Taksim, an otherwise major attraction point for many foreign visitors, has been hit with protests for the last couple of weeks. A tiny sit-in in a tiny park at the heart of Istanbul morphed into a sizeable but amorphous protest movement against the ruling Justice and Development Party (AK Party) and its leader PM Recep Tayyip Erdoğan. Since then, the protest movement has attracted big, and in some cases disproportional, attention from many at home and abroad.
On the one hand, the amorphous style of the protest and the evolution it went through since its inception on late May until the third week of June, when it began to deflate, made understanding the roots of it rather difficult. On the other hand, its evolution from a local incident into international breaking news and the way the Western media portrayed it in comparison with the Arab uprisings made many to question the agenda of outside actors.
For those who tend to see the world black and white both at home and abroad, what happened in Taksim must be something between authoritarianism and democracy. In this line of thinking, the context is more than often sacrificed for political positions. That is to say, the way one adopts politics becomes the sole method of interpreting every single incident, without having the need to set its background and establish its context.
To begin with, the AK Party government was elected for its 3rd term through internationally recognized free elections; and fairly speaking, it has proved to be the strongest democratizing force in the history of the Republic of Turkey. The Turkish democracy, which is still a work in progress, has been consolidated through several reforms implemented and steps taken by the AK Party. This is “History of Turkish Political Development 101”.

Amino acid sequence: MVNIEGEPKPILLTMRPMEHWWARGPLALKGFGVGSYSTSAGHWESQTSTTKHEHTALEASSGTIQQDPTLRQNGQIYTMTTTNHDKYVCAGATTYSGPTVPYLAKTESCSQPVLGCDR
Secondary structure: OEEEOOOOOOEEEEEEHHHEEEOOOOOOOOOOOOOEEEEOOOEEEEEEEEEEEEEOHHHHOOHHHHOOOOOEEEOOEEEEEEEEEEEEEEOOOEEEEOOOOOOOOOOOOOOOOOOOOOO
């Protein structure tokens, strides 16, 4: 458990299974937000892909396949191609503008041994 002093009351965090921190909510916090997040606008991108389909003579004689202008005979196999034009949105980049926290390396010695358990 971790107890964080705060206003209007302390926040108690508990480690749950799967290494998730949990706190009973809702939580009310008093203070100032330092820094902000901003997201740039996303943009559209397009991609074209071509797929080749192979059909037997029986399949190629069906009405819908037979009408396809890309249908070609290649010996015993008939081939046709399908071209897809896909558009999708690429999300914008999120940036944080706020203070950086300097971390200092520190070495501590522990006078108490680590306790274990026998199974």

Taksim’s ‘phase 2’
One should analyze the Taksim incident against this background. Incidentally, when one says Taksim, he/she is not speaking of a single phased incident. In the first phase, from the beginning of the sit-in in the Gezi Park to the first intervention of the police to the protesters, the movement was tiny and had a clear, and from an environmentalist perspective, understandable demand, which is the cancellation of the Gezi Park project. It has become clear that there was a huge gap between what the protesters thought the Gezi Park project would bring and what the project was actually proposing. Branding this as a miscommunication or lack of transparency at this point does not mean a lot. Regardless of this gap, having to do crisis management instead of managing the sit-in is a failure on the official side. In this sense, officials unwittingly helped transformation of the protests into the phase 2.
The main body of the protests were hijacked by previously dormant undemocratic groups and turned into a revenge fight against the government. Rejectionism and vandalism followed suit.Ufuk Ulutaş